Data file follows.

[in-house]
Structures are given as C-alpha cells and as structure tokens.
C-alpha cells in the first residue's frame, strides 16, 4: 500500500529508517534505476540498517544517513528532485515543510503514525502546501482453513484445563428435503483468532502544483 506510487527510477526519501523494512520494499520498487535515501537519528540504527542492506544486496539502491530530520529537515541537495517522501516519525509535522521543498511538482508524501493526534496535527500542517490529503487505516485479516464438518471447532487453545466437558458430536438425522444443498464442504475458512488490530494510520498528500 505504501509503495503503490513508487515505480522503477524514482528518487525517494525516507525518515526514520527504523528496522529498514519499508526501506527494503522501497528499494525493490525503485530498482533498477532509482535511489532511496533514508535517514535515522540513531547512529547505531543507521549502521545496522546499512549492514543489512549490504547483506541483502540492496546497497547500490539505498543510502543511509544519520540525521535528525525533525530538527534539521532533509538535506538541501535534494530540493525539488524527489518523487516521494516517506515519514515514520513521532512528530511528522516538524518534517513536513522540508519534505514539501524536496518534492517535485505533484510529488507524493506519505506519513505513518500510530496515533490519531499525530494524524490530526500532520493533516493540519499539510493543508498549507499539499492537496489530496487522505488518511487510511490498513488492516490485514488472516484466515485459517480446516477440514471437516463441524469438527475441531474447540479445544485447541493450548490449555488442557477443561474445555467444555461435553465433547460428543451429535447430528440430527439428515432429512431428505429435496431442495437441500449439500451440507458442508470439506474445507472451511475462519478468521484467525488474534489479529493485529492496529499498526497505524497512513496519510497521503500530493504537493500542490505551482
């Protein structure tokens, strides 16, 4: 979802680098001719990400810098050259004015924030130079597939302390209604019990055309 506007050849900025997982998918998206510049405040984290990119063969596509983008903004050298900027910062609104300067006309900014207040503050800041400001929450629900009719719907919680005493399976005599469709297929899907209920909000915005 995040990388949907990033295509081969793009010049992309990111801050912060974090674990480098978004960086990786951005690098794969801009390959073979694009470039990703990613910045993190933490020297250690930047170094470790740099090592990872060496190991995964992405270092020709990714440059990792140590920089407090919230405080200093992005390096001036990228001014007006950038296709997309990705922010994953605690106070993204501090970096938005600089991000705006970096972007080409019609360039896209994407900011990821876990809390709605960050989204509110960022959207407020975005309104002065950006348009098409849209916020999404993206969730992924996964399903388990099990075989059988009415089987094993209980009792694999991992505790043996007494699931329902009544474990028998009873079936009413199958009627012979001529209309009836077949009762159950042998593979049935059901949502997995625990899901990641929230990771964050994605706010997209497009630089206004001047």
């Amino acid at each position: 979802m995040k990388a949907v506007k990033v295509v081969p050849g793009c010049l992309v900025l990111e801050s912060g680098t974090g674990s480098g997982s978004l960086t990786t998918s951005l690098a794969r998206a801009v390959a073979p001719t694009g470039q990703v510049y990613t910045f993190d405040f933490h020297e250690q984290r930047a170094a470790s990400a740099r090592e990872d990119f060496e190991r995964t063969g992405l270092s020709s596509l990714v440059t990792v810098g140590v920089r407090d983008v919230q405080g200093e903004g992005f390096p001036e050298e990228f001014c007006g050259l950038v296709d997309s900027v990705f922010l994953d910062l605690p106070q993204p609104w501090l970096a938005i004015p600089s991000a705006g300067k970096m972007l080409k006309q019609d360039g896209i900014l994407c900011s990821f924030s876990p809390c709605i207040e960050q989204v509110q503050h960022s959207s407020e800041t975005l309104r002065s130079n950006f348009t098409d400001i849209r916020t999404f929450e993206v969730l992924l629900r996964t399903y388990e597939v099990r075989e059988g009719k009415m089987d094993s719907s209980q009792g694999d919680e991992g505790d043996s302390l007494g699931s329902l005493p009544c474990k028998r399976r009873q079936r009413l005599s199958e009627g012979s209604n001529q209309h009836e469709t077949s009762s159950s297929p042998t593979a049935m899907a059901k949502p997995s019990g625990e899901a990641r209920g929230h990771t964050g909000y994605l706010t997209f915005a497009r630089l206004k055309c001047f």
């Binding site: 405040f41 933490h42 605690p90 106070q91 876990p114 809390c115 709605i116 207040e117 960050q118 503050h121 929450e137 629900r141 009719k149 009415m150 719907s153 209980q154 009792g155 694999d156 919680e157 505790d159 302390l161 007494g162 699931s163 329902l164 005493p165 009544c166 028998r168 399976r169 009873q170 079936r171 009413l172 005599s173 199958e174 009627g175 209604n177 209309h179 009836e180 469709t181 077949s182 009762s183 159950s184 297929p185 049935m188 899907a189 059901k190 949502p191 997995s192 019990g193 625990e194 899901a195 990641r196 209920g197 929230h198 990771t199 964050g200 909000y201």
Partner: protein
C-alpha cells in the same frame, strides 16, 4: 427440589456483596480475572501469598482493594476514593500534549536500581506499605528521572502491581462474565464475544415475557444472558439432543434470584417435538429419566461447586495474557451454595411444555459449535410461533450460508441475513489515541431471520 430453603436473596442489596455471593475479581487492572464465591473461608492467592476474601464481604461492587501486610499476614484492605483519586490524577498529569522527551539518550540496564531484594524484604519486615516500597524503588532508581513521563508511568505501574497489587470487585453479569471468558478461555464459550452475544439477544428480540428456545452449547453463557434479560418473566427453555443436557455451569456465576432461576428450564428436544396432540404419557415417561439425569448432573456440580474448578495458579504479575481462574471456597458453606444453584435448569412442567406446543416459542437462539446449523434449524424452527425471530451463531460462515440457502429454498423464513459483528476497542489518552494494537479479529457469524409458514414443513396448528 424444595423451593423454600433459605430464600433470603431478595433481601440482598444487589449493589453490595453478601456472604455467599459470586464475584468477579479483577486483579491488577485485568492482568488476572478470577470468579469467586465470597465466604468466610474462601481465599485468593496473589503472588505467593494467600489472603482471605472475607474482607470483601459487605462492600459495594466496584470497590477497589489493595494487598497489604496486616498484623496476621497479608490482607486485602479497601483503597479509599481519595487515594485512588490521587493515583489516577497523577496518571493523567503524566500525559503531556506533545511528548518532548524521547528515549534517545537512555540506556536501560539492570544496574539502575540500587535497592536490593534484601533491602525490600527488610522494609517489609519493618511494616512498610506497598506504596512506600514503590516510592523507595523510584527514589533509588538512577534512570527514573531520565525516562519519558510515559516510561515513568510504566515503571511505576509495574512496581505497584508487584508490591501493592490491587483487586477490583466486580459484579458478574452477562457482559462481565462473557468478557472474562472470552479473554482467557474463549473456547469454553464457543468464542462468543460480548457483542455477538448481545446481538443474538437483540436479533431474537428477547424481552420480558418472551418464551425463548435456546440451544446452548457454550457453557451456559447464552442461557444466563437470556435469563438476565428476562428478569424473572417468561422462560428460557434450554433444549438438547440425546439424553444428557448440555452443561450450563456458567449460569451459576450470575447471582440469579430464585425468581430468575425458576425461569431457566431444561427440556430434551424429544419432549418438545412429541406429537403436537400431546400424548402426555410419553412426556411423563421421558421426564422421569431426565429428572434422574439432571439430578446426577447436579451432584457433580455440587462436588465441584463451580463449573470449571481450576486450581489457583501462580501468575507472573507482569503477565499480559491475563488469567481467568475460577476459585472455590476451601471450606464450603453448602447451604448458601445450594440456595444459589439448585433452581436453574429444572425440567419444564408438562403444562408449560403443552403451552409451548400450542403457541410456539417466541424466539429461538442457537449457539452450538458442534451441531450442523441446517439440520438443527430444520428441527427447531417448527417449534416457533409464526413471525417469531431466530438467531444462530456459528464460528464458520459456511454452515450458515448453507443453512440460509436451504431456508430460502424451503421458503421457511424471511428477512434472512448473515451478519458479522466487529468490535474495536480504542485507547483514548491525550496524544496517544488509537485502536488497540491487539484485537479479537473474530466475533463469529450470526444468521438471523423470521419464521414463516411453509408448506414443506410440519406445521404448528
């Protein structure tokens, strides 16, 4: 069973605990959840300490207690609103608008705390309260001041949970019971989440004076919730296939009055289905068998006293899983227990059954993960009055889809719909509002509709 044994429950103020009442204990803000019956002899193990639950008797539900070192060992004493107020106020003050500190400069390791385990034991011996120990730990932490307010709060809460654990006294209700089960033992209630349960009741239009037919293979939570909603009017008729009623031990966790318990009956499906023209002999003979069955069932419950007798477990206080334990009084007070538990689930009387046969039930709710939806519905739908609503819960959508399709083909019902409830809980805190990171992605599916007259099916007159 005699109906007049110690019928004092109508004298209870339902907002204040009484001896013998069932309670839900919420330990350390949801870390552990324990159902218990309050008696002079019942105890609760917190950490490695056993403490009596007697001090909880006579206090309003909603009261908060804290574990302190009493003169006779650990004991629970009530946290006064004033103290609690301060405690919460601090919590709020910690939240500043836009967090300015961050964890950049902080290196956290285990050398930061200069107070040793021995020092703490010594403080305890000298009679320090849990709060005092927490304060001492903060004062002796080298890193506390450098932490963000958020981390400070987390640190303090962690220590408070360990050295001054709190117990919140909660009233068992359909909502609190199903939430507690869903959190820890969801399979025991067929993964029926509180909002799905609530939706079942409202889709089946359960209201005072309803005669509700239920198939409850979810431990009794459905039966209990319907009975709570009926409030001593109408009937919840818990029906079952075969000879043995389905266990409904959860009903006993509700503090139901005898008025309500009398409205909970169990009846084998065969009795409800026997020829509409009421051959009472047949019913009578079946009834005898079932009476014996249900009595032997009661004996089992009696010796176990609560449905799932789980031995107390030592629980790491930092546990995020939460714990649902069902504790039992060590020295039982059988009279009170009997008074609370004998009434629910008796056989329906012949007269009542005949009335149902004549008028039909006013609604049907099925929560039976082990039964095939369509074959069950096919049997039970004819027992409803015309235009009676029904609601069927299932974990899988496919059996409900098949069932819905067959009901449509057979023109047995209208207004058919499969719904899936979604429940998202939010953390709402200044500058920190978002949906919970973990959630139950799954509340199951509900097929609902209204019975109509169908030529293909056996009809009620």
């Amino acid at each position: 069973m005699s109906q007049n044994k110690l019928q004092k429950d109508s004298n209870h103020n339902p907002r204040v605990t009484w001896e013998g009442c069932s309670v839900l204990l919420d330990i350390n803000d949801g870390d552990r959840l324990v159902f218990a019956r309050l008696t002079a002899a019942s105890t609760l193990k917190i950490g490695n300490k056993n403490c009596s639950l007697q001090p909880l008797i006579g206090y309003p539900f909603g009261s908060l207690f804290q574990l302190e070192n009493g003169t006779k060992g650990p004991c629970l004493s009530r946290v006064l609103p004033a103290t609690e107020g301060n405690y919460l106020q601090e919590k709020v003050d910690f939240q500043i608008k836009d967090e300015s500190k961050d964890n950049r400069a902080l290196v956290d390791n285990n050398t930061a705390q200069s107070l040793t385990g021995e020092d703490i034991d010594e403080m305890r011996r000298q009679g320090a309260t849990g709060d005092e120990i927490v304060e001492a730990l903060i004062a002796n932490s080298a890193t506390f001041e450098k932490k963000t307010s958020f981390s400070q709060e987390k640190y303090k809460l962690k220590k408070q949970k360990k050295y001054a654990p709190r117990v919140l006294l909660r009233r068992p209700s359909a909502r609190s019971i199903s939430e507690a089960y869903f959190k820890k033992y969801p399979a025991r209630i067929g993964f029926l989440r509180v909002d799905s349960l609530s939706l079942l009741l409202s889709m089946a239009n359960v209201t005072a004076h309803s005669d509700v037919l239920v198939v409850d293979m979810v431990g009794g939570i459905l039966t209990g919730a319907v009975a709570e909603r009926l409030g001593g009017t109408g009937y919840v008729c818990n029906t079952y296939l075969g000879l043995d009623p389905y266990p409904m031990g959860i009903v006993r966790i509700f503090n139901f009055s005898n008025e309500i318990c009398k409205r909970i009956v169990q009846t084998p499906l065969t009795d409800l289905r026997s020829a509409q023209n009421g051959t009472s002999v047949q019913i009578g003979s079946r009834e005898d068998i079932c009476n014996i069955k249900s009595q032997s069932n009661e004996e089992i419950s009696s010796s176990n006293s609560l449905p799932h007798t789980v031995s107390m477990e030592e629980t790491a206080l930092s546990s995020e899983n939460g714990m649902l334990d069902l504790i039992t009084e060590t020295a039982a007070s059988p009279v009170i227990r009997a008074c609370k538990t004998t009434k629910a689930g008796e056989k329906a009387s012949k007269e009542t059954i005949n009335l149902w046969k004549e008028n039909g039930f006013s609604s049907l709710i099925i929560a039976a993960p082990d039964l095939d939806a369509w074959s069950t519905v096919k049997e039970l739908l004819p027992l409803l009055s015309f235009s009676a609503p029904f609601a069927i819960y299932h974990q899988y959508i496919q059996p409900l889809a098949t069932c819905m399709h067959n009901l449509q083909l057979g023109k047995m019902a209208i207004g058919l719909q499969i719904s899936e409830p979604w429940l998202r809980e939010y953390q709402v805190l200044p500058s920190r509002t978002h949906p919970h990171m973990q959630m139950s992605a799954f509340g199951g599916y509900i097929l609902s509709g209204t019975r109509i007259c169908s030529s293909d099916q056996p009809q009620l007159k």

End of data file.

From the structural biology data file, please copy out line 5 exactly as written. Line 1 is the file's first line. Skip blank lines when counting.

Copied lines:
């Amino acid at each position: 979802m995040k990388a949907v506007k990033v295509v081969p050849g793009c010049l992309v900025l990111e801050s912060g680098t974090g674990s480098g997982s978004l960086t990786t998918s951005l690098a794969r998206a801009v390959a073979p001719t694009g470039q990703v510049y990613t910045f993190d405040f933490h020297e250690q984290r930047a170094a470790s990400a740099r090592e990872d990119f060496e190991r995964t063969g992405l270092s020709s596509l990714v440059t990792v810098g140590v920089r407090d983008v919230q405080g200093e903004g992005f390096p001036e050298e990228f001014c007006g050259l950038v296709d997309s900027v990705f922010l994953d910062l605690p106070q993204p609104w501090l970096a938005i004015p600089s991000a705006g300067k970096m972007l080409k006309q019609d360039g896209i900014l994407c900011s990821f924030s876990p809390c709605i207040e960050q989204v509110q503050h960022s959207s407020e800041t975005l309104r002065s130079n950006f348009t098409d400001i849209r916020t999404f929450e993206v969730l992924l629900r996964t399903y388990e597939v099990r075989e059988g009719k009415m089987d094993s719907s209980q009792g694999d919680e991992g505790d043996s302390l007494g699931s329902l005493p009544c474990k028998r399976r009873q079936r009413l005599s199958e009627g012979s209604n001529q209309h009836e469709t077949s009762s159950s297929p042998t593979a049935m899907a059901k949502p997995s019990g625990e899901a990641r209920g929230h990771t964050g909000y994605l706010t997209f915005a497009r630089l206004k055309c001047f």